For both professional dancers and the curious, it is the sultry, sensual tango that has long drawn visitors to Argentina. Kick back for a bit and discover the history of this phenomenal and timeless dance during your trip to Argentina.
It is in the streets and milongas (dance halls) of downtown Buenos Aires that the tango is proudly performed. It was right here that it originally unfurled into popularity two centuries ago as well.
Over the years, the tango has traveled widely through the world, assuming varied local inflections.
Today, we associate tango with grandeur and majesty. However it was not always this polished, and was not, historically, the glamorous dance for the bourgeoise that it is now.
From rags to riches
In the late 1800s Argentina was a land of economic dreams.
With immigrants hailing from Haiti, Cuba and Creole-speaking countries, the dance form emerged as a pastiche of quick-beat African tempos, nostalgic vibes and intense melancholia.
It is believed to have evolved from an influence of former slave songs.
Tenement blocks and street corners in lower-class districts of sprang to life with tango. Emerging in this environment, tango’s lyrics were, unsurprisingly, direct and often filled with cheeky humor.
Often boys as young as 13 years old chose to learn the tango as a means of impressing a girl. It required commitment: about nine months to first learn the women’s part and then the lead.
Perhaps this further fueled a young man’s passion! Meanwhile, girls learned and practiced in the confines of their home from both male and female family elders.
Tango allegedly releases endorphines and increase testosterone!
Recent studies suggest that tango can heal Parkinson’s Disease due to the dance’s unique movement.
As young men from the middle classes sneaked into the downtown areas to vicariously enjoy the pleasures of brothels and clubs, they became enchanted by the tango and its popularity grew exponentially.
A Parisian love affair
Tango reached what’s known as its Golden Age in the 1920s when these educated young men travelled to Europe, particularly to Paris during the La Belle Epoque era, and flirted in elite social circles with these erotic, entrancing moves.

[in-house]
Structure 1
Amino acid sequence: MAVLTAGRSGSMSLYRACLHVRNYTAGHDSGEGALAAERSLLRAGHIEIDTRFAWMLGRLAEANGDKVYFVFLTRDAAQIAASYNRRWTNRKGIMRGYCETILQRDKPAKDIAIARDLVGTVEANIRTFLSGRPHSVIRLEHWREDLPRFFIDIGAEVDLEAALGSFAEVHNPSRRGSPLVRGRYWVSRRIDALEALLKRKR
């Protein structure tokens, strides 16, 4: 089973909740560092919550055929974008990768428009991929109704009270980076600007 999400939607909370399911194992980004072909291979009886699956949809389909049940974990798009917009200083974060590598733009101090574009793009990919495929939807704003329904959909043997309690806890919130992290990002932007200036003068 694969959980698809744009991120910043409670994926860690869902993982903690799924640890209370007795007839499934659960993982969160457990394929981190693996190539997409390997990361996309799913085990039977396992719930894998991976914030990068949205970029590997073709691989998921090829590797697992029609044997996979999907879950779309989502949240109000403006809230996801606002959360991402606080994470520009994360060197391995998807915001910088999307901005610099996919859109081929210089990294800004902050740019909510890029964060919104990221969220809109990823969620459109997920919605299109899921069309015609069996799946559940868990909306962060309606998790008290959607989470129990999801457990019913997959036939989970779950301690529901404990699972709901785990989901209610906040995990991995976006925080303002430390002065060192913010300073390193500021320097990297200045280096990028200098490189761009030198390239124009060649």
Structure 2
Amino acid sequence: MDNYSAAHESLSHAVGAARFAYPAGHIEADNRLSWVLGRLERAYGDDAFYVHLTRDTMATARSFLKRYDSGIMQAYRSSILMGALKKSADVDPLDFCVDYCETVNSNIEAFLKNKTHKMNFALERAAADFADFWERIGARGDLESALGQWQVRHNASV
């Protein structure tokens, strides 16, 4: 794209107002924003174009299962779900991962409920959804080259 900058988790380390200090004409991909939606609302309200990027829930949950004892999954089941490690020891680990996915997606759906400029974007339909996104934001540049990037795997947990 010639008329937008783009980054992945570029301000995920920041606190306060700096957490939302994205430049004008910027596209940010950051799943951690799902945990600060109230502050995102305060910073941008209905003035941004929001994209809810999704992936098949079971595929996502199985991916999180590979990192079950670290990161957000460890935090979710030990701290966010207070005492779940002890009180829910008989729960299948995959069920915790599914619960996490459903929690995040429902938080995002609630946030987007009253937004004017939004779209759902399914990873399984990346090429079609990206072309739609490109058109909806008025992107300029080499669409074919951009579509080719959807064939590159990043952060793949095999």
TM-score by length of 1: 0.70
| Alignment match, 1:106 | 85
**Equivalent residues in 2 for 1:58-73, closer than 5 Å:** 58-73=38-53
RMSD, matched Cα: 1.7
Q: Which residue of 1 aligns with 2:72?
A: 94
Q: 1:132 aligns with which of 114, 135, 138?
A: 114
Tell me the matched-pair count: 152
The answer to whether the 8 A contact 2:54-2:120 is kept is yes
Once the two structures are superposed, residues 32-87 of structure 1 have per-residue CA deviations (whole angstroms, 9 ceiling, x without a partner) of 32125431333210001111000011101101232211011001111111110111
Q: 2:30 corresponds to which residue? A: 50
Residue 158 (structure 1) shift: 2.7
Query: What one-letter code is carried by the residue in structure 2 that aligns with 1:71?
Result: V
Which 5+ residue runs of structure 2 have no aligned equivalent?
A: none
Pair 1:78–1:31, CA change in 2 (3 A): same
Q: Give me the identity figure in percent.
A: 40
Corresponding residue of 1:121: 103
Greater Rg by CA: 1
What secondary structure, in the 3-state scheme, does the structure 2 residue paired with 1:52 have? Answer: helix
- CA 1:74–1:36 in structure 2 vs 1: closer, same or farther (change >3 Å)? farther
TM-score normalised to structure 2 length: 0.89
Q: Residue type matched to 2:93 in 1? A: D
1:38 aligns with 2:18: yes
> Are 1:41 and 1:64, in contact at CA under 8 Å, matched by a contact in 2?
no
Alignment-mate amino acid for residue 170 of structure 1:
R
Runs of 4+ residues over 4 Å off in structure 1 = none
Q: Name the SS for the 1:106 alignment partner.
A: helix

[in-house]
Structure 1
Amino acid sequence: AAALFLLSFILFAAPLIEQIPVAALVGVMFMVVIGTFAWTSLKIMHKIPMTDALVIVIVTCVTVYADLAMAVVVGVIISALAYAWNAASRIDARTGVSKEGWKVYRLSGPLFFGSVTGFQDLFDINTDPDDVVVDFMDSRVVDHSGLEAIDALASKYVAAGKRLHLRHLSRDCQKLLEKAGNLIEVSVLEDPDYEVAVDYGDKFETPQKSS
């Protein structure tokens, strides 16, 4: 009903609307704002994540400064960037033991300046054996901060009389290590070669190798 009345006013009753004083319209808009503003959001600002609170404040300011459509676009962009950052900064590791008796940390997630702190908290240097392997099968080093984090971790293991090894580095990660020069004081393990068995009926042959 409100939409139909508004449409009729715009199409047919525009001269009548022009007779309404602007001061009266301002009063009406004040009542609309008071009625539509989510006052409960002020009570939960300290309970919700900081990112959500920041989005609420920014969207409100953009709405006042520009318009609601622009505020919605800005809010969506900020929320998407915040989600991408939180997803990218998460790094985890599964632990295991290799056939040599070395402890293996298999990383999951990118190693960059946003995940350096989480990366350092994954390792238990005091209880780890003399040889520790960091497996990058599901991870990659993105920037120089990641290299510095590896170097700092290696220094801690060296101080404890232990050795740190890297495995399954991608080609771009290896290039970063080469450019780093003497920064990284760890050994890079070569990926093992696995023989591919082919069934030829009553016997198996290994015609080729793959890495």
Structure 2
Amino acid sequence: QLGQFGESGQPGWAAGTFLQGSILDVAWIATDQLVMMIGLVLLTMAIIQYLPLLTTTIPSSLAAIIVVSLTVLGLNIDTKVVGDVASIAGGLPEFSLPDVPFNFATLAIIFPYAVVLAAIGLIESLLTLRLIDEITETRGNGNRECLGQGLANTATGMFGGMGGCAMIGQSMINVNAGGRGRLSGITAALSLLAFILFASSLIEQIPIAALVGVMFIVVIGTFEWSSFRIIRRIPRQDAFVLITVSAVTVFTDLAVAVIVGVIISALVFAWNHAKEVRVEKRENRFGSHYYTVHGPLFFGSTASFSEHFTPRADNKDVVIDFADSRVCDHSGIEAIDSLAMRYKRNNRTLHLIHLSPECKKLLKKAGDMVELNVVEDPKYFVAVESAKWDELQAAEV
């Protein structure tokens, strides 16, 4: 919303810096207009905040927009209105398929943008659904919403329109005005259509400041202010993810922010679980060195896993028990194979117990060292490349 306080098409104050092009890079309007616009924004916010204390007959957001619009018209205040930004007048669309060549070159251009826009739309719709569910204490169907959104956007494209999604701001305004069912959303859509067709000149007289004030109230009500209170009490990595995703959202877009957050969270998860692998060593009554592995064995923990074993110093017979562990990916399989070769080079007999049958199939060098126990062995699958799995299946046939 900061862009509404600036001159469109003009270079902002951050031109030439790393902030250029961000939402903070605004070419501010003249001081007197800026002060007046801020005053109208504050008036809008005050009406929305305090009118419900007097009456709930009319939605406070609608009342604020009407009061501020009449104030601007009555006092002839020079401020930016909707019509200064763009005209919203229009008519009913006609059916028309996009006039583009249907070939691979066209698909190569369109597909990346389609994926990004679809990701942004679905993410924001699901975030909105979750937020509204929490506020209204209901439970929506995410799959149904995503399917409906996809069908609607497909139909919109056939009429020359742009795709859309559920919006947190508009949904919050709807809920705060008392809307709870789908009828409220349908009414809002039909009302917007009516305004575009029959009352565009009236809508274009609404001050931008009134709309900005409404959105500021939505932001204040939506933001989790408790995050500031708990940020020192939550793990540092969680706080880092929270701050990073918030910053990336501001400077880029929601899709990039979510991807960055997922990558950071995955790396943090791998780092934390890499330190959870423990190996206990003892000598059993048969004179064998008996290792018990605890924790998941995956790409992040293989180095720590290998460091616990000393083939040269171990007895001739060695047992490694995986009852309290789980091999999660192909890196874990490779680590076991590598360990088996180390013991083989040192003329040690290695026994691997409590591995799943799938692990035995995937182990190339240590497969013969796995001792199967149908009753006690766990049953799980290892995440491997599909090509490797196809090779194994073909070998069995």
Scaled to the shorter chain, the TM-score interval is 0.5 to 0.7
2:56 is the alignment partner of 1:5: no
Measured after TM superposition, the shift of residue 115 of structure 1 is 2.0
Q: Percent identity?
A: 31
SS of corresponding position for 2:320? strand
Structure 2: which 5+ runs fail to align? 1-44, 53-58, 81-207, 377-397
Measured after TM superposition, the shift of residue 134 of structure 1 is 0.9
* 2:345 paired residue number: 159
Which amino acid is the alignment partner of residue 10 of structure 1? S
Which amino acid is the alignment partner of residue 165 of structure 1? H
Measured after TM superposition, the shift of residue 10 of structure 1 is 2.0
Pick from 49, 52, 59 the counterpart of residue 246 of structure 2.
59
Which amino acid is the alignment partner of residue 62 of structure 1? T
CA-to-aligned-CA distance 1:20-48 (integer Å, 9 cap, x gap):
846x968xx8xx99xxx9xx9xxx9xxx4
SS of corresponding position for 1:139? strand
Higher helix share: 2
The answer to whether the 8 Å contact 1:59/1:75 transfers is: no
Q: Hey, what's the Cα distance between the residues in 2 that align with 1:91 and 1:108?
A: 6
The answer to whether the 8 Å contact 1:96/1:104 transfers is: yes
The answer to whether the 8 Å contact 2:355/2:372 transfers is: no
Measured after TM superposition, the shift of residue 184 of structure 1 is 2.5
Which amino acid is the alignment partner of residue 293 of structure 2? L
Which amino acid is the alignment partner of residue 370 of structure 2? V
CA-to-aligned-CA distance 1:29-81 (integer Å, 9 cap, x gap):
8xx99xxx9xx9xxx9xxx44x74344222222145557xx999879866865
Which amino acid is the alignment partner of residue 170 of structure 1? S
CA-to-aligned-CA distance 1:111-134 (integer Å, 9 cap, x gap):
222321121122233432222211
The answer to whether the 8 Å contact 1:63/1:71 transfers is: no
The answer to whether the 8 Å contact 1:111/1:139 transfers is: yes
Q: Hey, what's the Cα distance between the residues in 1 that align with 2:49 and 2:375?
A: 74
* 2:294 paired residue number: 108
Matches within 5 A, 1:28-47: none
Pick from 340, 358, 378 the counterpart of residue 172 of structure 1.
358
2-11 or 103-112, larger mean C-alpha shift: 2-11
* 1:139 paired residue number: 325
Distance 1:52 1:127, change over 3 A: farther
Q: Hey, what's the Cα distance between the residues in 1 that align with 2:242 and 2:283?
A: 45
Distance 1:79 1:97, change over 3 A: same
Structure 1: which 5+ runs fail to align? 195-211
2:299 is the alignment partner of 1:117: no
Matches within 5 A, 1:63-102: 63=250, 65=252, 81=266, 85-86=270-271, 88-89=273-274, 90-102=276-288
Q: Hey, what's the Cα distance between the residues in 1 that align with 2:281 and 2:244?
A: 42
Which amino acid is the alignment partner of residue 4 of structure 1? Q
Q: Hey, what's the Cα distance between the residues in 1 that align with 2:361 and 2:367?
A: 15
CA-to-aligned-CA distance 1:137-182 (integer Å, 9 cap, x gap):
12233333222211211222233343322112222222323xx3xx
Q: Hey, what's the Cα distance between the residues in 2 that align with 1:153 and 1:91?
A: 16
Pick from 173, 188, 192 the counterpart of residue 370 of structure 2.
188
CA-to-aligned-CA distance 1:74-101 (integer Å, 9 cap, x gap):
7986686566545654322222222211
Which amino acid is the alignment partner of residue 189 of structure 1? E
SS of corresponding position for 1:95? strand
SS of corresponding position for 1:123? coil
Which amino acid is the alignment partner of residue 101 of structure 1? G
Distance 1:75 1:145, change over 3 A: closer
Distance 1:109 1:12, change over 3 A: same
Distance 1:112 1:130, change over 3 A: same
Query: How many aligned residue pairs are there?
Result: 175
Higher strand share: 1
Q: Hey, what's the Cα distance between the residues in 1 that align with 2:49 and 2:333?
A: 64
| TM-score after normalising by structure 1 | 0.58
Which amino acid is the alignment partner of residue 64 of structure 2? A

Within a decade, tango had found a firm footing in Argentine high society as it reached the elites in palaces and even revolutionized the fashion scene.
Preceding the First World War, tango dancers and musicians were imported from Argentina to Europe, where huge quantities of gramophone records and tango sheet music were sold.
Classically trained artistes in Europe added their influences to tango music, slowing its pace whilst holding onto its electricifying roots.
In fact, tango’s influence on modern ballroom dancing is monumental, as you will doubtless discover if you do catch a show during your trip to Argentina.
A solo guitar or accordion originally accompanied the tango. Eventually its accompanying instruments grew to incorporate different influences.
By the time it was danced in palaces, these included a grand piano and a bass that replaced the guitar.
Imported from Germany, the bandoneón gave tango music those uniquely effervescent, illusory notes. This instrument is a hybrid of an accordion and a church organ.
As tango thrives across the world, it’s hard to imagine that it might have been stopped early in the history books by political and social issues. Yet tango almost vanished with two key historical events.
The first decline was during the Great Depression in 1929 which led to the restriction of activities believed to be extravagant or superfluous.
The second was when General Perón was outlawed by a military dictatorship coup in 1955.
The nation’s very own dance disappeared with Perón’s nationalist outlook. The lyrics, nightclubs and songs in which the tango thrived were banned.
A few underground clubs put themselves at great risk of being hunted down by the regime.
When being proudly Argentine was again acceptable, the tango returned to the limelight.
In 2009, tango made its way onto the UNESCO Intangible Cultural Heritage Lists.
Eva Perón was once referred to by a journalist as the Cinderella of the tango and the Sleeping Beauty of Latin America.
Today, there’s a milonga in Buenos Aires for everyone and we suggest you visit at least one!
La Viruta is a bustling place in Palermo for young people and often hosts foreigners. Bendita/Maldita Milonga in San Telmo is filled with young people whilst in El Catedral you’ll find a young hipster crowd of artsy bohemes.
Downtown, the Confiteria Ideal is more of an old-fashioned establishment that offers matinee milongas for those not wishing to stay out late. Or you could pop into the Club Gricel during your trip to Argentina, for a classic Tango atmosphere.
Enchanting Travels has chosen the finest tango shows within Buenos Aires, focused on preserving traditions that exude the charm of a bygone era.
From its sensuous moves, stirring music and magical ambience accompanied with mouth-watering delicacies, our guests always enjoy our authentic tango barrio in San Telmo recommendation.
We also offer unforgettable nights within the legendary Hotel Faena Hotel+Universe.
The stylish setting and enthralling music in El Cabaret showcases the sizzling eroticism of the tango by the best dancers in the country.
Make your own date with tango dancing in Buenos Aires with a trip to Argentina. Discover the fabulous milongas of Buenos Aires and tango shows for yourself.
Lead image courtesy of Enchanting Travels guest John Burke.